Northeast Corner

Discussion in 'General Freemasonry Discussion' started by rhitland, Jan 1, 2009.

  1. rhitland

    rhitland Founding Member Premium Member

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    I ran across something intresting in a book I am reading called 3,5,7 by John Bowe refering to the origins of the cerimony of the northeast corner and I thought it intresting enough to share as I had never heard this before.

    "In order to catch the first rays of the rising sun, the building facees the east, ans as the sun rises to the hieght of its stregth on June 21, the day of the summer soltice, and as, at this paticular time the sune rises in the northeast and sets in the northwest to emblematically represent and mark the place of the summer solstice the cornerstone must be laid in the northeast corner of the proposed building. Then due care being taken to establish the proper angle, the southeast corner would, as a consequence be in an exact line with the point of the horizon at which the sun rose at the winter solstice."

    The northeast corner was a clock of sorts when the sun rose in direct line with it, harvest was close and when inline with the southeast corner it was time to mend the soil for planting next season. In ancient times everyone was just about farmers, you had to farm to eat and I can only imagine the connection that primitive man made to the sun but I gaurentee when man realized the exact time the days started to get longer , they where elated to this fact as to be comforted to know the Sun is coming back. They made this day and the longest day, days of super celebration as the sun was a giver of givers keeping them with food, warmth and overall physical comfort but in short days of the cold months I bet the sun was sorley missed. Ancient Man living in a cabin or hut on a cold night left to the last of his rations had plenty of time to contemplate the impotance of the sun; so when the time came and the days begin to get longer they saw no better reason to be happy, celebrate and comemorate this time in everyway.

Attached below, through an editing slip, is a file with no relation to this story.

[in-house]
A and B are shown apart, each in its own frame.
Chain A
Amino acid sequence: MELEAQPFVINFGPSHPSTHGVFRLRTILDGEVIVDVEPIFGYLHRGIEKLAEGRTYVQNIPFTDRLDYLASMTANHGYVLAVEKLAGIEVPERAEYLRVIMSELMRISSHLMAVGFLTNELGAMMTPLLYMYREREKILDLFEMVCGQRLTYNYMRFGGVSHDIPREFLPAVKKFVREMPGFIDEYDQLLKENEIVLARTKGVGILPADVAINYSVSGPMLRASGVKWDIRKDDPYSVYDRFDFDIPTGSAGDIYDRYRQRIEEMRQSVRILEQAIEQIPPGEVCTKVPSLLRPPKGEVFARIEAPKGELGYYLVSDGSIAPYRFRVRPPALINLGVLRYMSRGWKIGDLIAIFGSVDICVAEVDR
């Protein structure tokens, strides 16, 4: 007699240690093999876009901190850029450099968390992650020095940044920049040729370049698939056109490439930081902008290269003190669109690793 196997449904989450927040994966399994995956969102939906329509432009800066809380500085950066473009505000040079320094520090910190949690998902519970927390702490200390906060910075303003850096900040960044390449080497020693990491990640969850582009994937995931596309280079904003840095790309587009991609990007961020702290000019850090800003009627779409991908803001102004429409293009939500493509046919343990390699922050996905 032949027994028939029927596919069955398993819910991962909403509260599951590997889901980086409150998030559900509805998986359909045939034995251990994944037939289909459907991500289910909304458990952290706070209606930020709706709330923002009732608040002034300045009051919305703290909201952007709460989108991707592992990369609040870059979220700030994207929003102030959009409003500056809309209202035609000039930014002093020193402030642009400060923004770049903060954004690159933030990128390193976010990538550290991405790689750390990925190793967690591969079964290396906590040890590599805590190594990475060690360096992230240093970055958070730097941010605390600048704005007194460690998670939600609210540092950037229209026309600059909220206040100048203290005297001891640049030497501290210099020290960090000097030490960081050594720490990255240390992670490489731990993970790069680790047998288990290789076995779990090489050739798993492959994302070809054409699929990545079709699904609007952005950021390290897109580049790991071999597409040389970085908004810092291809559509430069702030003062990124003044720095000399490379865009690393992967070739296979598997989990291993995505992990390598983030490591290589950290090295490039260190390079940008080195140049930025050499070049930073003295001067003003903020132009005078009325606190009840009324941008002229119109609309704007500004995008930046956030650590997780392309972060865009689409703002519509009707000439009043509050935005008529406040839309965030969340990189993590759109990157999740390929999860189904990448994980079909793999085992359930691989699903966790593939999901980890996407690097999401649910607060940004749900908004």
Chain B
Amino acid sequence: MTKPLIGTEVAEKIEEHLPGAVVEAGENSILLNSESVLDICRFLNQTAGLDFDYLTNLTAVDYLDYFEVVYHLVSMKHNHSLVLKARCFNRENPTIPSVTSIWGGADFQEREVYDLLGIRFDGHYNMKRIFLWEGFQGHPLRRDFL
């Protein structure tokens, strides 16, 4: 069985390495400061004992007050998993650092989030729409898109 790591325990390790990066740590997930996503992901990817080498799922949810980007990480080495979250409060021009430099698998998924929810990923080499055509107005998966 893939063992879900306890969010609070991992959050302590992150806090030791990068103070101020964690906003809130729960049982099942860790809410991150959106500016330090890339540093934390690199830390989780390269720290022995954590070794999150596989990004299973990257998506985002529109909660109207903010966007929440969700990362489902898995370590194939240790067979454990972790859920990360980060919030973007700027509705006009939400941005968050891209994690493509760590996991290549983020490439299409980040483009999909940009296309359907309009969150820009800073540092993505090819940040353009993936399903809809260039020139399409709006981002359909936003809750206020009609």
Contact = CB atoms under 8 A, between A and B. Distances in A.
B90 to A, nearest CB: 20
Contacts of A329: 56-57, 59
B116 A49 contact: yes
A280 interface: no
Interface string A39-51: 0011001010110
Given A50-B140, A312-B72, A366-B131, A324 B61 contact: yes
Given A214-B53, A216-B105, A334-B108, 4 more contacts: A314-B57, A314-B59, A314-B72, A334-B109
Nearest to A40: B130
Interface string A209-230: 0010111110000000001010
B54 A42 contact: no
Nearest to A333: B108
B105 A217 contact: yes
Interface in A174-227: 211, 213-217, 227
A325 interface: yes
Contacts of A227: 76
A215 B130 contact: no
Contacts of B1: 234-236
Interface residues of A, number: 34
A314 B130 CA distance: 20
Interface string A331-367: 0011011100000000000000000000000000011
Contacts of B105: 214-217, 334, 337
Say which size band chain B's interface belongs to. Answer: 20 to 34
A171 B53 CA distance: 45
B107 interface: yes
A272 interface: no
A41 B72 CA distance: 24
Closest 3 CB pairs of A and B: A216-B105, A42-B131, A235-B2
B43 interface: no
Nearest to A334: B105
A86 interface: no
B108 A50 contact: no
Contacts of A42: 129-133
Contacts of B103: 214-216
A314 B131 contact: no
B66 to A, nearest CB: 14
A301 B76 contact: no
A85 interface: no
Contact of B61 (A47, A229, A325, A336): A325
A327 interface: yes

2. jonesvilletexas

    jonesvilletexas Premium Member

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    Thank you brother Moore, great information, I will save this one.
     
  3. rhitland

    rhitland Founding Member Premium Member

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    I have had this whirling in my head since I read that on the NE corner and just had to put pen to paper and elaborate for myself and agian thought I would share.

    The Northeast Corner

    We are told as an Entered Apprentice that we are placed in the Northeast corner because it is customry in operative Masonry, but then then mind is left to wonder why it is customry in operative Masnory, again as most of the rituals in Masonry we need to look to antiquityn for the origns. Ancient man looked to the sun either as his god or one of the greatest gifts of God to man, and the suns cycle was emulated and symolized in almost everyway; as ancient man became knowledgable of the cycles of the sun he was able to more acuratley judge the approach of seasons, in turn better prepare himself to plant his crops and prepare for the rigid cold months of winter.